“Victoria already has more public holidays than any other state or territory, so I don’t believe we needed another one that our business community does not want for a Parade held 350 kilometres away,” said Mr Bull.
Paynesville’s Coalition funded projects opened
Pictured in front of the streetscape improvements in Paynesville today are Federal Member for Gippsland, Darren Chester; Paynesville Business and Tourism Association president, Janet McLeod, State Member, Tim Bull and East Gippsland Mayor, Cr Peter Neal.
Over $2 million in capital works projects were opened in Paynesville today in what State Member for Gippsland East, Tim Bull, described as a “great day for the community”.
Mr Bull said the projects, which included the boat ramp upgrade, Esplanade redevelopment, Gilsenan Reserve upgrade and Progress jetty, received just on $1 million funding from the previous Coalition Government.
“Also, full credit to East Gippsland Shire Council for contributing just over $1million to these important projects as well as the Paynesville and District Community (Bendigo) Bank and other community groups.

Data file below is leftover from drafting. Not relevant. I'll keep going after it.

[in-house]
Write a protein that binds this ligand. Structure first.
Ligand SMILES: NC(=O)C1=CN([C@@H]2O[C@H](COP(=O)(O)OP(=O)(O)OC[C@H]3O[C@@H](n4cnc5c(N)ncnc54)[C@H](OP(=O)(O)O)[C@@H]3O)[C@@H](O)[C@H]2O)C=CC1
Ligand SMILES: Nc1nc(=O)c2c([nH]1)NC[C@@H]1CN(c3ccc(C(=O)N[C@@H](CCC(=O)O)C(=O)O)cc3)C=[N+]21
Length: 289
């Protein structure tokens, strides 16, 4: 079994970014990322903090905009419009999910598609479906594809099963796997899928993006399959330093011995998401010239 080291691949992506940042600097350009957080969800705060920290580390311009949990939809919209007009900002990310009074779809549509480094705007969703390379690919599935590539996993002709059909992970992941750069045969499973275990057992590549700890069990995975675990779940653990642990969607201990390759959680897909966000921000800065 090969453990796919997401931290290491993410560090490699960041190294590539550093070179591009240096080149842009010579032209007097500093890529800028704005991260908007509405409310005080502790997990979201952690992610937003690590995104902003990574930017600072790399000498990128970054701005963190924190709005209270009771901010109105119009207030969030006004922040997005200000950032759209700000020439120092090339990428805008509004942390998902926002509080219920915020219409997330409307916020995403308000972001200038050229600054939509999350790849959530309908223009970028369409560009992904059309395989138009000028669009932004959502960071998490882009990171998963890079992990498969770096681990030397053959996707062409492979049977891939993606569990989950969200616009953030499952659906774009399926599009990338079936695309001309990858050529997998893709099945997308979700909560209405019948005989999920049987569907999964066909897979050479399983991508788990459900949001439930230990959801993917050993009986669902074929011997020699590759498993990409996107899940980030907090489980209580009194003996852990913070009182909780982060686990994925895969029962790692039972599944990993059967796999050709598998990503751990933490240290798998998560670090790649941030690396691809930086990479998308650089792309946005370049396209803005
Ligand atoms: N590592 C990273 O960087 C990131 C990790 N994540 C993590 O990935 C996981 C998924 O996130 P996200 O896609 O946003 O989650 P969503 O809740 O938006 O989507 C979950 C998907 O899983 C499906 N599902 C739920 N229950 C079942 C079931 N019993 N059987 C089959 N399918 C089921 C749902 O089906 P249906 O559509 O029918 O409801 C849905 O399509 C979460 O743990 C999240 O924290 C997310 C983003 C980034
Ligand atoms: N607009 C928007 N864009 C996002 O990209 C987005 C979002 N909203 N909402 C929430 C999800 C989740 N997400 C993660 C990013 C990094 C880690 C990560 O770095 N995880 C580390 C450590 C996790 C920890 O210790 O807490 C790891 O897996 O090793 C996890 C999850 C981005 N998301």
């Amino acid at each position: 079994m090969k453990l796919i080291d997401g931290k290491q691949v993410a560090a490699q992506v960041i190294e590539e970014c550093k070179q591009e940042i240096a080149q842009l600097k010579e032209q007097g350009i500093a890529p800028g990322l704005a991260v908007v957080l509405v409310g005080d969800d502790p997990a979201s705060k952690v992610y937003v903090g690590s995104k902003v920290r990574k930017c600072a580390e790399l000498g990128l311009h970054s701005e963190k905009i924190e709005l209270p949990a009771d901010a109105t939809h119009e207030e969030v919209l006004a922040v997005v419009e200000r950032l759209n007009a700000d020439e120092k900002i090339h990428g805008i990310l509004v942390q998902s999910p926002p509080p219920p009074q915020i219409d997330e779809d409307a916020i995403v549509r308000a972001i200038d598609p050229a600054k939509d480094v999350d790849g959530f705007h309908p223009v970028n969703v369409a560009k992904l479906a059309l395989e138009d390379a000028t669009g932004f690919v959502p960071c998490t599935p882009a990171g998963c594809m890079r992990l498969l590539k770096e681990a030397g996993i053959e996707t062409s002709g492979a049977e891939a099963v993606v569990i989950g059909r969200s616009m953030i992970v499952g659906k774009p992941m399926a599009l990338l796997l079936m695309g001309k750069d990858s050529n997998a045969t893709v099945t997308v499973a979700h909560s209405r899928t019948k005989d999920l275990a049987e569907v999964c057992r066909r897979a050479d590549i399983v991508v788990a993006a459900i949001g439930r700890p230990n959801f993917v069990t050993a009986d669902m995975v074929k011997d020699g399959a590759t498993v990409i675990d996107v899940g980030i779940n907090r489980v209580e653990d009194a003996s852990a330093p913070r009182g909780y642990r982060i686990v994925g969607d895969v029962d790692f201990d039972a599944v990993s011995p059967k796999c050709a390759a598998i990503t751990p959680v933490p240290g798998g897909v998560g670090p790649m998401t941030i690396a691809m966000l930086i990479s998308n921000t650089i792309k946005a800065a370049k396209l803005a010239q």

“All up the bank has contributed $350,000 to local community initiatives over the past 10 years and that is a significant figure and shows those who bank locally the benefits of doing so. The volunteer committee has every right to be very proud of its achievements.
“It was also great to hear from Ross Gilsenan, who spoke at the ceremony. His family is synonymous with this town and to hear of his historical references was pertinent on this occasion.
“The works that have been carried out not only make the place look a lot smarter, but provides improved facilities for those who are visiting Paynesville. Tourism is so important to the local economy and we need to meet visitors’ expectations. These works certainly assist in that area.”
Mr Bull said that while much had been done in Paynesville there remained more to do and urged the State Government to support a current application for funds to improve public berthing in McMillan Strait.
“I don’t think anyone could argue the previous Government hadn’t made a significant investment in Paynesville and it would be good to see the current government continue this trend and provide the funds for improved boating facilities.”